THE BARRY Loudermilk that Floyd Countians helped to send to the Georgia Senate is not the Barry Loudermilk today representing them and serving them so poorly.
The Loudermilk who ran, and was endorsed by this newspaper, did so on a strong record in the Georgia House where he promoted the free-enterprise system and defended personal freedoms against the growing encroachments of “the nanny state.”
It was probably expected by most voters, in a time when the state has acute economic, budgetary and service-delivery problems, that he would apply his head for business and his belief in “the American way” of individual resourcefulness to those conditions and help right the ship of state.
It certainly was no secret that Loudermilk, R-Cassville, is strongly pro-life, as are many in this region with varying intensity and lots of ifs, buts and except-fors that the senator seems not to share. It is similarly no secret that this newspaper has long been pro-choice, favors full equal rights for everybody, supports civil unions conferring complete familial rights, advocates the legalization (and taxation) of marijuana and any number of other things that probably cause Loudermilk’s trademark close-cropped hair to curl.
SO WHAT? Those things are not about managing public affairs and monies; they are about people being allowed to live their individual lives, make their own choices with the least amount of political interference or “guidance.” Loudermilk often talks that talk himself ... but he clearly does not walk that walk.
Despite his fondness for flag-waving and use of the nebulous code term “family values,” it was not expected — and certainly wasn’t the theme of his campaign — that he would focus on two things: opposing the federal government on about everything in the name of state’s rights and stopping abortion.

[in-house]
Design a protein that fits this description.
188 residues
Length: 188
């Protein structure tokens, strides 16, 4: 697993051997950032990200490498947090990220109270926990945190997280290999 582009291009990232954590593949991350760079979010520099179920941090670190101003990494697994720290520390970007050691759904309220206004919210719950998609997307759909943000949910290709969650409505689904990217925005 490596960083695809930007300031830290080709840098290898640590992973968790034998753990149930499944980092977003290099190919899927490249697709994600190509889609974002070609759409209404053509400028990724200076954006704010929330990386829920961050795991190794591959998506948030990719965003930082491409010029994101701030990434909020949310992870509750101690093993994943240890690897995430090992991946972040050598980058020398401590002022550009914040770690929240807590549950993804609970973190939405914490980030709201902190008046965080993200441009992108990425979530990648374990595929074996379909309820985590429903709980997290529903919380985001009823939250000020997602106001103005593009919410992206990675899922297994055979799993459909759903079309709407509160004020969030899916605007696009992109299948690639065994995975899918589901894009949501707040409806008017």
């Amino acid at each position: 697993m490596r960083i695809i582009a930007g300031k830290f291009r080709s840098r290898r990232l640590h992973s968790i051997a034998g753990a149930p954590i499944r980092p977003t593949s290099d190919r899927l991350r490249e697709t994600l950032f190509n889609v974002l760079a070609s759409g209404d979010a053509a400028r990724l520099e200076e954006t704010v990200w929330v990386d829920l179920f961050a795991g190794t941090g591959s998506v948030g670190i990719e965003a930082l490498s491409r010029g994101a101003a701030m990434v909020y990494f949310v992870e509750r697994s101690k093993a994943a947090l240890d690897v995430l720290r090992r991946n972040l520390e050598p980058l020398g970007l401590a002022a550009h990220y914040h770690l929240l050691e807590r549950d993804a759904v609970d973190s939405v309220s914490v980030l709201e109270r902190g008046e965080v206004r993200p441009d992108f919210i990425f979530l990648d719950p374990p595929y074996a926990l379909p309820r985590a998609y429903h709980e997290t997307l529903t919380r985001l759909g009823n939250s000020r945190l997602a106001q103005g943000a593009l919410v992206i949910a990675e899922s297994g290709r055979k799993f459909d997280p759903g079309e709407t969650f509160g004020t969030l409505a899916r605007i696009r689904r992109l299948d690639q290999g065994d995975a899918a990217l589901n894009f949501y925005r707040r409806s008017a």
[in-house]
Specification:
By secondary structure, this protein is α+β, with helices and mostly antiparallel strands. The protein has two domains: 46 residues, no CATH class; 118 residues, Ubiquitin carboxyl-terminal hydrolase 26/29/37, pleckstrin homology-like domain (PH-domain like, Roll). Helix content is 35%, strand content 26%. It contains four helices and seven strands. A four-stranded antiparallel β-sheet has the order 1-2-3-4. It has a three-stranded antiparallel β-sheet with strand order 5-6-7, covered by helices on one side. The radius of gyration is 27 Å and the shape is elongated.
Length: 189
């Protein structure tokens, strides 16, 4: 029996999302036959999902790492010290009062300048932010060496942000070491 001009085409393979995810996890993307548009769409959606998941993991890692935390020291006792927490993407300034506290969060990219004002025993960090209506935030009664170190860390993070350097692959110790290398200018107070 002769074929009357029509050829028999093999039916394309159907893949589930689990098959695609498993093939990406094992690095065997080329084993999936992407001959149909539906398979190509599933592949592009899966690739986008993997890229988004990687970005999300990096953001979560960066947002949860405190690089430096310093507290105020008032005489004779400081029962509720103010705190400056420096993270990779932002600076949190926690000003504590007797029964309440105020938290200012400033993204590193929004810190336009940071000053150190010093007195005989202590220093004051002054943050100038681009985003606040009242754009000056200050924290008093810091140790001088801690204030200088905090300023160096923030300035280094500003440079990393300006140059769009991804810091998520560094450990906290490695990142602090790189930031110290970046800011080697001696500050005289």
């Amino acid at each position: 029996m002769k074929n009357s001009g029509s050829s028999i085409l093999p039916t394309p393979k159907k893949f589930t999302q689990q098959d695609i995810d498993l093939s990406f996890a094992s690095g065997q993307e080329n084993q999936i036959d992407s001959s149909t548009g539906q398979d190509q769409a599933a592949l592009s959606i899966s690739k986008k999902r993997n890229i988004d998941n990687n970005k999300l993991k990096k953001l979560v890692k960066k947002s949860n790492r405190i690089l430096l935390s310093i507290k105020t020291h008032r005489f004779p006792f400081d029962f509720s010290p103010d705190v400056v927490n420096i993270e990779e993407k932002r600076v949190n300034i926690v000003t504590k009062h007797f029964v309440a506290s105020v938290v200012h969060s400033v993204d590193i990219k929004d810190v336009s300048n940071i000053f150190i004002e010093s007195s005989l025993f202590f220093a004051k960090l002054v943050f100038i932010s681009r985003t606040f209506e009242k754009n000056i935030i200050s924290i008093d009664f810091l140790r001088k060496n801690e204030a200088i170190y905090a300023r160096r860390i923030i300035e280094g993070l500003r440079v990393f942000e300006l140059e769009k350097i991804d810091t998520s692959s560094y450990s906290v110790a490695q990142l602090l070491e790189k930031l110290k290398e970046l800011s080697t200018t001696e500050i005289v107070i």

Frankly, the federal government is not all that bad ... when comparing it to the current state government. And if Loudermilk doesn’t want an abortion performed on himself ... fine, despite the scientific novelty such would involve. If he wants to control another person’s body ... not so fine.
For whatever reasons, Loudermilk has now decided to become the poster boy of the right-to-life movement to the exclusion of attempting to serve his constituents by, let’s say, trying to stop Northwest Georgia Regional Hospital from being closed, kicking the pests of the Orkin empire out of the right-of-way for the U.S. 411 Connector, keeping the HOPE scholarships intact, getting the state and its unfunded mandates out of our lives and so forth.
MAYBE HE already envisions a future run for higher office and needs what he believes is a statewide base of support and funding; perhaps he has been stricken with a missionary zeal better applied in a religious setting. Whatever it is, he has torn off on a tack that has largely left the people of his Floyd/Bartow/Gordon district without a voice on everything that actually matters in the here and now.